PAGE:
Hundreds of millions of dollars are sitting in the pockets of investment fund managers. Their favored targets: midsize companies that are big enough to be worth the effort, but small enough to buy (or buy into) without breaking the bank. As a result, deal valuations have never been higher.
It’s a seller’s market. That carries perils for buyers, particularly “strategic buyers,” where individual companies compete with deep-pocketed investment funds (financial buyers) for a limited number of opportunities. But there are also risks for sellers.
We track deal activity at the National Center for the Middle Market, and earlier this year, released an in-depth study of M&A best practices. Here are a few key facts:
The dealmaking pace is steady.
Every year, about 20 percent of middle-market companies buy all or part of another outfit and about 5 percent sell all or part of their company. That number hasn’t risen; we see more competition and higher prices, not more deals.
Most buyers and sellers are inexperienced.
Among companies with a transaction in the last three years, 70 percent of buyers and 90 percent of sellers either had never done a deal or don’t consider M&A integral to their strategy. Indeed, 45 percent weren’t expecting to sell — until an opportunity presented itself. Surprisingly, one out of five buyers didn’t expect to buy, either, but a deal came along that they couldn’t resist.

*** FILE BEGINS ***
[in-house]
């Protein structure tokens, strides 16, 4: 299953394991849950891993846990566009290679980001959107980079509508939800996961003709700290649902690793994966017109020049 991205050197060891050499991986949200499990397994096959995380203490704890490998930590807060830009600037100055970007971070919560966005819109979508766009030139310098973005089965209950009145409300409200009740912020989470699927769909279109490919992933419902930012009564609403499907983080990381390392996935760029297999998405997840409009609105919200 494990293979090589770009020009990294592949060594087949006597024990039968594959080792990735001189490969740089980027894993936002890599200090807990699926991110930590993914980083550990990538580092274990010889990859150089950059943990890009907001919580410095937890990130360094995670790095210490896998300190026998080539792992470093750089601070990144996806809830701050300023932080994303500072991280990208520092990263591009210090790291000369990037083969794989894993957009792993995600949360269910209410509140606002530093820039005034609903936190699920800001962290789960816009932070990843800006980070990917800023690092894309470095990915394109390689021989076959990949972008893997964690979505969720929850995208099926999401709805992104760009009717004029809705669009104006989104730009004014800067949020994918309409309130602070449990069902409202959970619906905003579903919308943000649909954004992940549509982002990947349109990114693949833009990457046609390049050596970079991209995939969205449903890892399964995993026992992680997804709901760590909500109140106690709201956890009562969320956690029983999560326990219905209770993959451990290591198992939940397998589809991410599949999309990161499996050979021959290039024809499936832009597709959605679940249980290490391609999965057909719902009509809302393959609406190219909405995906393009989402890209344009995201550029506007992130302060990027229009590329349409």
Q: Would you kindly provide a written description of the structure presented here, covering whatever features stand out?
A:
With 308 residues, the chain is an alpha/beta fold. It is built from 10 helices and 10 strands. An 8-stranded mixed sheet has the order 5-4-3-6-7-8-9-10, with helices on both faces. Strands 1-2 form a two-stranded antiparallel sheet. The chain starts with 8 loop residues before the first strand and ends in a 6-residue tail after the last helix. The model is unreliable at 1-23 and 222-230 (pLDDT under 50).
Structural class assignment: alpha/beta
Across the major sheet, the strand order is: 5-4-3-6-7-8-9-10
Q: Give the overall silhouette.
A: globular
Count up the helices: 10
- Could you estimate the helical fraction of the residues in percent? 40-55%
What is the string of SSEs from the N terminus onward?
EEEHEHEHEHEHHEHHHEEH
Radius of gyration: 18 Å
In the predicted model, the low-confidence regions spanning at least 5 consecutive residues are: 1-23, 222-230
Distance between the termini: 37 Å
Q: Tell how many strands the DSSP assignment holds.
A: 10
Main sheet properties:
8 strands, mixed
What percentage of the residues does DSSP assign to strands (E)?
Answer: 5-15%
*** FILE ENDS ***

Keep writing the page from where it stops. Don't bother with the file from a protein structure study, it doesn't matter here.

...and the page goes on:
M&A is important for companies that do it.
Sixty percent of acquirers say that M&A is very or critically important to their growth strategy. They expect it to produce more than a quarter of their revenue growth.
So, 25 percent of companies, every year, make a deal, but most executives aren’t experts in dealmaking or post-merger integration. How can they raise their game?
1. Get clear about strategy. M&A should be a servant of strategy, not its master. Executives tell the NCMM that “getting the strategy right” is the most confusing part of M&A, perhaps because it can be a game changer, for good or ill.
2. Understand your options. Sellers, in particular, should recognize that transactions come in many varieties. Private equity firms used to insist, almost always, on a controlling interest; these days, more will take a smaller stake or invest at a younger stage.
3. Get your house in order. Leaders should do half a dozen things to get a better deal, whether buying or selling, which also will improve performance today. Clarify governance and decision rights, particularly in family businesses. Make sure your financials are shipshape. Beef up the management accounting, too (budgets, goals and the tracking of key performance indicators). Modernize IT and cybersecurity. Document all processes. Tighten your working capital management (payables, inventory and receivables). And, critically, take steps to secure key staff members.
4. Strengthen your network of CEOs in your industry and advisers. Your lawyer might not have M&A experience. You might not know any investment bankers. Have strategic conversations with your banker, auditor and tax adviser. Then, when opportunity knocks, you’re able to answer.
To read the report, visit http://bit.ly/MiddleMarketCenter_MAreport
Thomas A. Stewart is the executive director of National Center for the Middle Market, the leading source for knowledge, leadership and research on midsized companies, based at the Fisher College of Business at The Ohio State University. Thomas is an influential thought leader on global management issues and ideas — an internationally recognized editor and publisher, authority on intellectual capital and knowledge management, and a best-selling author.